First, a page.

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October 1994

Growth and Differentiation of Meatal Skin Grafts in the Middle Ear of the Rat

Author Affiliations

From the Department of Otorhinolaryngology, University of Nijmegen (the Netherlands) (Drs Vennix and Kuijpers, Mr Peters, and Ms Tonnaer); and the Department of Molecular Cell Biology and Genetics, University of Limburg, Maastricht, the Netherlands (Dr Ramaekers). Dr Vennix is now with the Department of Otorhinolaryngology, University of Leiden (the Netherlands).

Arch Otolaryngol Head Neck Surg. 1994;120(10):1102-1111. doi:10.1001/archotol.1994.01880340046008

Objective:  To determine the behavior of epidermal cells after transplantation in the middle ear.

Design:  In a rat model, full-thickness meatal skin grafts were transplanted into the middle ear and studied morphologically and immunohistochemically with the use of antibodies directed against different cytokeratin (Ck) polypeptides, which are markers of different types of epithelial cell differentiation.

Results:  The grafts had either transformed into epithelial cysts or had become integrated into the middle ear epithelium. The epithelium of the integrated grafts showed gradual transition into the epithelium of the middle ear. A clear distinction between epidermal cells and middle ear epithelium could be made only on the basis of their Ck profiles. The Ck profiles of the grafts revealed a decrease in the expression of epidermal Cks, while nonepidermal Cks became expressed. These changes can be ascribed to replacement of the dermal mesenchyma by mesenchyma from the middle ear. In two ears with superimposed infection, the graft epithelium showed expansive growth.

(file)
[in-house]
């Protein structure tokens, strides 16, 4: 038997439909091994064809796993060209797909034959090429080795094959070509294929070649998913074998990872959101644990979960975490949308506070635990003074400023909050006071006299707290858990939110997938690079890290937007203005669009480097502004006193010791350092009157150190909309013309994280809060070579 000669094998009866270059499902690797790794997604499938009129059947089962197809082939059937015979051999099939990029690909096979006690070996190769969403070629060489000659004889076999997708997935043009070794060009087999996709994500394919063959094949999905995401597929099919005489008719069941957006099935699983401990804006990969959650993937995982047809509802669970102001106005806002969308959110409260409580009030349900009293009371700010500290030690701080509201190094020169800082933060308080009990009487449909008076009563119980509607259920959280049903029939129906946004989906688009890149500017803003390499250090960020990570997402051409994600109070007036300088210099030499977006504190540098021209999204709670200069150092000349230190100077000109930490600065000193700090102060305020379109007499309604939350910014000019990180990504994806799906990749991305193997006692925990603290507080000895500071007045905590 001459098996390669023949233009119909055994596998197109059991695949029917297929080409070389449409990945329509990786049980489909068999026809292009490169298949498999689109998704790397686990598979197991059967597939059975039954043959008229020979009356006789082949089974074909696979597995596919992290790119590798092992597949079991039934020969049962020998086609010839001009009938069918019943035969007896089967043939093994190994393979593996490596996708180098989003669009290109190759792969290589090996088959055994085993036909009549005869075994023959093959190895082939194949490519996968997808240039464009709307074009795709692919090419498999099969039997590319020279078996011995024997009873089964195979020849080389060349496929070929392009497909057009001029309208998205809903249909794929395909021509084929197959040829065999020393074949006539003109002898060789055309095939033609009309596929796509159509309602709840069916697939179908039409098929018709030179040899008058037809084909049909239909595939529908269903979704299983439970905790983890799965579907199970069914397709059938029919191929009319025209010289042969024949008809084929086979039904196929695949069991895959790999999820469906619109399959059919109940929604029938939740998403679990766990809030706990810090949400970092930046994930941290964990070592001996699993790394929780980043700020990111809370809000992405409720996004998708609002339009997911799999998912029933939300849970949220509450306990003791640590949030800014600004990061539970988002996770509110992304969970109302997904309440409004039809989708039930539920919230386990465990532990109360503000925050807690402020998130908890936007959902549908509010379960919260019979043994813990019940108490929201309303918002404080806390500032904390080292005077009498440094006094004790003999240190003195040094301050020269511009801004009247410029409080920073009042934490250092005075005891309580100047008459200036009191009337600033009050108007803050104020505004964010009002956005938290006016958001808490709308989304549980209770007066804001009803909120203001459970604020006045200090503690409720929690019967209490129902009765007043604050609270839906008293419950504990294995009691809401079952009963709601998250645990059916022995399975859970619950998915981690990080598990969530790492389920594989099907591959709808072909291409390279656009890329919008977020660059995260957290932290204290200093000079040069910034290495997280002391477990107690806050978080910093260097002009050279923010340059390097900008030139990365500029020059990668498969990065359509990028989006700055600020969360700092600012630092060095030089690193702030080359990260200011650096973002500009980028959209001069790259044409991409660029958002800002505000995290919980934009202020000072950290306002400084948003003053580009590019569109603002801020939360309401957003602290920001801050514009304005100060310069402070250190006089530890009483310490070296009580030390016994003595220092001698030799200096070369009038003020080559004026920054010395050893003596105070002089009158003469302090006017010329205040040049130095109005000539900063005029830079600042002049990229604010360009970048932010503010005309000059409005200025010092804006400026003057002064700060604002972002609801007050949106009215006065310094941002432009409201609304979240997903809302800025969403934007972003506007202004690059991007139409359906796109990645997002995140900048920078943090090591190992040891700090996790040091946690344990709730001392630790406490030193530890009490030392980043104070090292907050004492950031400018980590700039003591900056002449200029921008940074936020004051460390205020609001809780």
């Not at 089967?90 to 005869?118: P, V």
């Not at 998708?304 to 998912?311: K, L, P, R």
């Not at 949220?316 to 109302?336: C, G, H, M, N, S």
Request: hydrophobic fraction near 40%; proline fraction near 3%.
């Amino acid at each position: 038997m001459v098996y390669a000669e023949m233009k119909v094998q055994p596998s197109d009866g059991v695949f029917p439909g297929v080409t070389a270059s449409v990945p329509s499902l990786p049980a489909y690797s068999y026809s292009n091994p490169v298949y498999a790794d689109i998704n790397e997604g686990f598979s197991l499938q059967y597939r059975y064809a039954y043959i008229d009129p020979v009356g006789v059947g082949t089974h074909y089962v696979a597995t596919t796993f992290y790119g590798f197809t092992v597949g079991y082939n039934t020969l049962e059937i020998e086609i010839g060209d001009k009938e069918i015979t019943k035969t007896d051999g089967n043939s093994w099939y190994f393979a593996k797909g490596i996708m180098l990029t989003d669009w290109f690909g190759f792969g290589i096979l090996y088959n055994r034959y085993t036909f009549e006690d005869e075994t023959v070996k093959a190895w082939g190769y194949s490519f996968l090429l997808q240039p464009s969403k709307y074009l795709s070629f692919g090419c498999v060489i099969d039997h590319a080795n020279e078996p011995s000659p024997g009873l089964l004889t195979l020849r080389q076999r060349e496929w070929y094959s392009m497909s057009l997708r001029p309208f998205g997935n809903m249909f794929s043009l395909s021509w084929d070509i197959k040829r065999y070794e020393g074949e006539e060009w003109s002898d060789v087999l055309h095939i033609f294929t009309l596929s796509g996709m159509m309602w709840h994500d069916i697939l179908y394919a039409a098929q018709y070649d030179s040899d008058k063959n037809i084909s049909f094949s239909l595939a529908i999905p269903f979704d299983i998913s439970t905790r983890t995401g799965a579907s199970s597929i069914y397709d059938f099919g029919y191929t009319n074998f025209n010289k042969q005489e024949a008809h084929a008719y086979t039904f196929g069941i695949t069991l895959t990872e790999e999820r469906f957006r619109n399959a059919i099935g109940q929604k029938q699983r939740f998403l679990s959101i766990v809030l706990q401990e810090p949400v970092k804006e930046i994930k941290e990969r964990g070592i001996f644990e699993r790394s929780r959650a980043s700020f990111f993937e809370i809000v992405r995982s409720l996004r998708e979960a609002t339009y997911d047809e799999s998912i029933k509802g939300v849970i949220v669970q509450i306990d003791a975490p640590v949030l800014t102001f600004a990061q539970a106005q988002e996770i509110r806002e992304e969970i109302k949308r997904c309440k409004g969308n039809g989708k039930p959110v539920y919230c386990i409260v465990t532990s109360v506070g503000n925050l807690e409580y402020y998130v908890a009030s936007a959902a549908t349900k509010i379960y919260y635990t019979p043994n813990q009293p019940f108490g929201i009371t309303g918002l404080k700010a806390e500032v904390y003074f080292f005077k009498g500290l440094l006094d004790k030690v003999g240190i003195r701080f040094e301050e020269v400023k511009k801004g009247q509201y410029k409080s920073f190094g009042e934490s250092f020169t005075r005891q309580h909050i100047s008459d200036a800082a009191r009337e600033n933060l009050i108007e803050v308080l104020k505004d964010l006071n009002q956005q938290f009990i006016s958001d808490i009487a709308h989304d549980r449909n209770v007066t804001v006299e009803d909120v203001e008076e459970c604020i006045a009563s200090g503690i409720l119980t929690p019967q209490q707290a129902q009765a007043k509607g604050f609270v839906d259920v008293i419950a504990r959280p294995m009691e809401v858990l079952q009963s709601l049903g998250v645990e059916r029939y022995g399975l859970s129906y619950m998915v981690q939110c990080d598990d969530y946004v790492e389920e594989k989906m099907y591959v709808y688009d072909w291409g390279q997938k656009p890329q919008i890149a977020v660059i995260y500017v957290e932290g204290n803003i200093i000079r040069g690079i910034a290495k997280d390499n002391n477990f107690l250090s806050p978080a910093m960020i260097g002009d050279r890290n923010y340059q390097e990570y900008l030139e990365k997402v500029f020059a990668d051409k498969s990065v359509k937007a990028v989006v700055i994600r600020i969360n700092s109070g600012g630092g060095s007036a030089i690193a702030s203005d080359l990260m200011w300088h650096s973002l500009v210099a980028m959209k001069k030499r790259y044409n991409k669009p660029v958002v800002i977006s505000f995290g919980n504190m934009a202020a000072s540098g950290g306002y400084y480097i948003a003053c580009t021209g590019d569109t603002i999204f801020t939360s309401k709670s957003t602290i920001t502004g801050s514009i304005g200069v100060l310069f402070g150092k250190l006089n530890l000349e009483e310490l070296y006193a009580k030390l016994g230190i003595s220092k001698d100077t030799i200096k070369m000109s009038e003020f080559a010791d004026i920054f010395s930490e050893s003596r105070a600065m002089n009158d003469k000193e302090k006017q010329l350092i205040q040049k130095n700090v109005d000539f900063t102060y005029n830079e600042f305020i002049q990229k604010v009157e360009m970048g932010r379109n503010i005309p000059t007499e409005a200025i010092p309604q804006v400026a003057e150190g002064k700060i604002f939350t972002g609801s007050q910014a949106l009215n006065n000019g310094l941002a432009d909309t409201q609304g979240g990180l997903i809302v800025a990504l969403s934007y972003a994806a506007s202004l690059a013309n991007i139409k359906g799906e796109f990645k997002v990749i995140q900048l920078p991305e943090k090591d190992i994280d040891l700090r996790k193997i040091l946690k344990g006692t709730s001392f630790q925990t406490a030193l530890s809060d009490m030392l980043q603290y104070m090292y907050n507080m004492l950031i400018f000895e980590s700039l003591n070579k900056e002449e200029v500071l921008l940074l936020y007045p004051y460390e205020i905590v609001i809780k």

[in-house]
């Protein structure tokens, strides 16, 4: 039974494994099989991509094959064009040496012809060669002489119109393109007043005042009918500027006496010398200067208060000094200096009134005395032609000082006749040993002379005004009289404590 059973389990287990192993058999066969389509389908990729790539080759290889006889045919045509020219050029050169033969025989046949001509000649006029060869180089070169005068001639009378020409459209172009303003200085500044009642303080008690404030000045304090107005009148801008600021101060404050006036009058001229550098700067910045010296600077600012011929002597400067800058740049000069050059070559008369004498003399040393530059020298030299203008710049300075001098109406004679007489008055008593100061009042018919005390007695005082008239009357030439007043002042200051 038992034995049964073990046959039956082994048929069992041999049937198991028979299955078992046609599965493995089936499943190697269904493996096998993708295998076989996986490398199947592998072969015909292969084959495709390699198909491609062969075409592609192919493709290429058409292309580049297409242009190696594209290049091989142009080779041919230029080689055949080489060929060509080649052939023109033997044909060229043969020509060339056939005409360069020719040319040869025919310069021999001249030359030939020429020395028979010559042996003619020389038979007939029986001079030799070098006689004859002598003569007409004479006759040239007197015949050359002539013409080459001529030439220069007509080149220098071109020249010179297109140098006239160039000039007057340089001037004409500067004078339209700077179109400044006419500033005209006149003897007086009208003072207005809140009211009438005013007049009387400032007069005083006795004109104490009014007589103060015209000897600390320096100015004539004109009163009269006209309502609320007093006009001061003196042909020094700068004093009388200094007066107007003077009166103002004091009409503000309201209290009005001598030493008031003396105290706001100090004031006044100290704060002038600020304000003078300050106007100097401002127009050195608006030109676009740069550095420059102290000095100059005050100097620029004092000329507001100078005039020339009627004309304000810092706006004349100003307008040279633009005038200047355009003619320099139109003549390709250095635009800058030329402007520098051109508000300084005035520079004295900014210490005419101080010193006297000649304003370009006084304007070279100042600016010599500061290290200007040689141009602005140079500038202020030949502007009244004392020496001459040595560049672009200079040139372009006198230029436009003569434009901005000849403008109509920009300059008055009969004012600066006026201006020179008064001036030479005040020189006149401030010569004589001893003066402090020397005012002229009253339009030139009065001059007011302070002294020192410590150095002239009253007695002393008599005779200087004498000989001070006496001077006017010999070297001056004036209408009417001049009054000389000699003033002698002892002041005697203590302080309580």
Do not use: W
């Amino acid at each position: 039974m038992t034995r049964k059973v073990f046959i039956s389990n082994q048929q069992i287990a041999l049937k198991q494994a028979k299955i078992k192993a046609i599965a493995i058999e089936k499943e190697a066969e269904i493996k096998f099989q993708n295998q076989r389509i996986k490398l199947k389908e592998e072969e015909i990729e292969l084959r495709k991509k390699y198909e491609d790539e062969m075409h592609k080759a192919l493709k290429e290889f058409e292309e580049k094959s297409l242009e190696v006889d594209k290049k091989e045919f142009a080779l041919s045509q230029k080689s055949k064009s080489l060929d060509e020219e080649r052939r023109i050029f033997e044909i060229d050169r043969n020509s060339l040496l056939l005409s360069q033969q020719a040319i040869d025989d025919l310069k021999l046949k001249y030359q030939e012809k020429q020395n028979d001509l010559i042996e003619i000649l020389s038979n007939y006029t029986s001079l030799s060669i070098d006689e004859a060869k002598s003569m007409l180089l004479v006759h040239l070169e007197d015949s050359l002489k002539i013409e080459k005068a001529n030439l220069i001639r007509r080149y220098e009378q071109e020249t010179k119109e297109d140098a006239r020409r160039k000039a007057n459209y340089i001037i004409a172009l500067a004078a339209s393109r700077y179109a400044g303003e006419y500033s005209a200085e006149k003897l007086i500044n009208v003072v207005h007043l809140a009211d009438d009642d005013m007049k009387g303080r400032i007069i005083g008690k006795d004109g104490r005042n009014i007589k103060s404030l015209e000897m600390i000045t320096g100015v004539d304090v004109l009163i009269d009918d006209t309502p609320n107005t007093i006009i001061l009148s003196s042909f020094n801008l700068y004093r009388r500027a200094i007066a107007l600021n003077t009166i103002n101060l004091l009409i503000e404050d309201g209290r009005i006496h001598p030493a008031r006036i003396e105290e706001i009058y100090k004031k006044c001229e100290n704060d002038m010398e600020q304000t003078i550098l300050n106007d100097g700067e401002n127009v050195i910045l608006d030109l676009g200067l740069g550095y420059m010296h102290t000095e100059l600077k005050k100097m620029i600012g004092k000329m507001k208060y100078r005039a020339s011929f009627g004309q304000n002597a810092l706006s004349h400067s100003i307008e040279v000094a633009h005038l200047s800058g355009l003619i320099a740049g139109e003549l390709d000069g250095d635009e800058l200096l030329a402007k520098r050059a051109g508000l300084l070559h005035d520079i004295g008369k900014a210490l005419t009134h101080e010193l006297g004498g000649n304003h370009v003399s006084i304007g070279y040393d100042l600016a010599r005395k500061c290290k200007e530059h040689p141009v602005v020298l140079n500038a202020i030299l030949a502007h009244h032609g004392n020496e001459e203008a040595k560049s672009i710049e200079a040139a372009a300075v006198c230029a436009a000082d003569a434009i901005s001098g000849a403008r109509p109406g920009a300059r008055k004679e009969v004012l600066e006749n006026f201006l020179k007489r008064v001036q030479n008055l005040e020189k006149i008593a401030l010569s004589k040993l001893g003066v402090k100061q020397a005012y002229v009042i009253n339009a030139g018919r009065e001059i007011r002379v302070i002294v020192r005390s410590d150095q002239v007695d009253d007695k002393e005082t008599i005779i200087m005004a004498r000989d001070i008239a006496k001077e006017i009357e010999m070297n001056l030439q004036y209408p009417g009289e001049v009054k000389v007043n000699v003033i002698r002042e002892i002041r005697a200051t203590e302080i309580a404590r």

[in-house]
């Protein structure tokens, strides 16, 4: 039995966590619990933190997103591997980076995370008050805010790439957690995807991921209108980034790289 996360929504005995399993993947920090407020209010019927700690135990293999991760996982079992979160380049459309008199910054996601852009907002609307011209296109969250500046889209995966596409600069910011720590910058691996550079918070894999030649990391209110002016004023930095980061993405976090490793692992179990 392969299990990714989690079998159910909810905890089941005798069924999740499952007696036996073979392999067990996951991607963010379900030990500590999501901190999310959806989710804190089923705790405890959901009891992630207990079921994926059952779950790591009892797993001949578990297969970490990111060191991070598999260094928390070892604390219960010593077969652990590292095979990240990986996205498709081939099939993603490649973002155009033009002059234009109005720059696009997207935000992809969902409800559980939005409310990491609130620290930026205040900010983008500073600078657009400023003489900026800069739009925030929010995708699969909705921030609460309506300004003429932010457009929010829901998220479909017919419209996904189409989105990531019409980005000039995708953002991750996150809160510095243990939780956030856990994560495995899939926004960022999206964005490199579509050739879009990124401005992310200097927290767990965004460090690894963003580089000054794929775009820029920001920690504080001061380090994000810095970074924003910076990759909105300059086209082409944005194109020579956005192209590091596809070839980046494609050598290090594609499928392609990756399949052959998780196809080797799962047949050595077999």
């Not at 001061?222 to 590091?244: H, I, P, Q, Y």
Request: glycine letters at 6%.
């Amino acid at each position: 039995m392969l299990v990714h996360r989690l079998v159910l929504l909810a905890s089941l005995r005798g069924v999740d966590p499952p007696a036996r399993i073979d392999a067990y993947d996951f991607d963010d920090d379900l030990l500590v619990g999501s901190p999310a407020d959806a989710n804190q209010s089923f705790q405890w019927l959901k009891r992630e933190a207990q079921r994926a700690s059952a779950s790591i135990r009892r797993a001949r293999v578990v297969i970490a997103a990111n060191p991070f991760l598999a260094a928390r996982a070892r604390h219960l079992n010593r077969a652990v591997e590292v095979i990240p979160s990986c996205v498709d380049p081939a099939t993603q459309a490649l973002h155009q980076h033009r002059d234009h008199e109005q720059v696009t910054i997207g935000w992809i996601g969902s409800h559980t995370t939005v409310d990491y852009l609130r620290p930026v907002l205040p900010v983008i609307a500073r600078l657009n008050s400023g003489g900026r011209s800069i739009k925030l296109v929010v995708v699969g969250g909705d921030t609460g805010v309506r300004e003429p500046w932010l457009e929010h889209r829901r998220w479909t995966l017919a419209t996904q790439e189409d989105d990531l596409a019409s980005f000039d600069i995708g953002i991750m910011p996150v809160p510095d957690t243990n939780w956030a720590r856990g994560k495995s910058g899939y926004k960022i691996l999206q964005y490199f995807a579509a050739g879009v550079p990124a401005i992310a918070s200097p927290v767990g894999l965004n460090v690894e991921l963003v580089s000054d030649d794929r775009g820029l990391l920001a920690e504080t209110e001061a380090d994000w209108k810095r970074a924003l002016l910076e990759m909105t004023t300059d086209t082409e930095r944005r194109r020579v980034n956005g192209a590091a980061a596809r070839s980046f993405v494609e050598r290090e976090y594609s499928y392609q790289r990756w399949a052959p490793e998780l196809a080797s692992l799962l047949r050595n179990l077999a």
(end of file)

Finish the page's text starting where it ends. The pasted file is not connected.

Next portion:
Conclusions:  Meatal epidermis is well tolerated in the middle ear, but superimposed infection can induce expansive growth. These findings favor the concept that the progressive growth of cholesteatoma is related to the presence of inflammatory processes.(Arch Otolaryngol Head Neck Surg. 1994;120:1102-1111)

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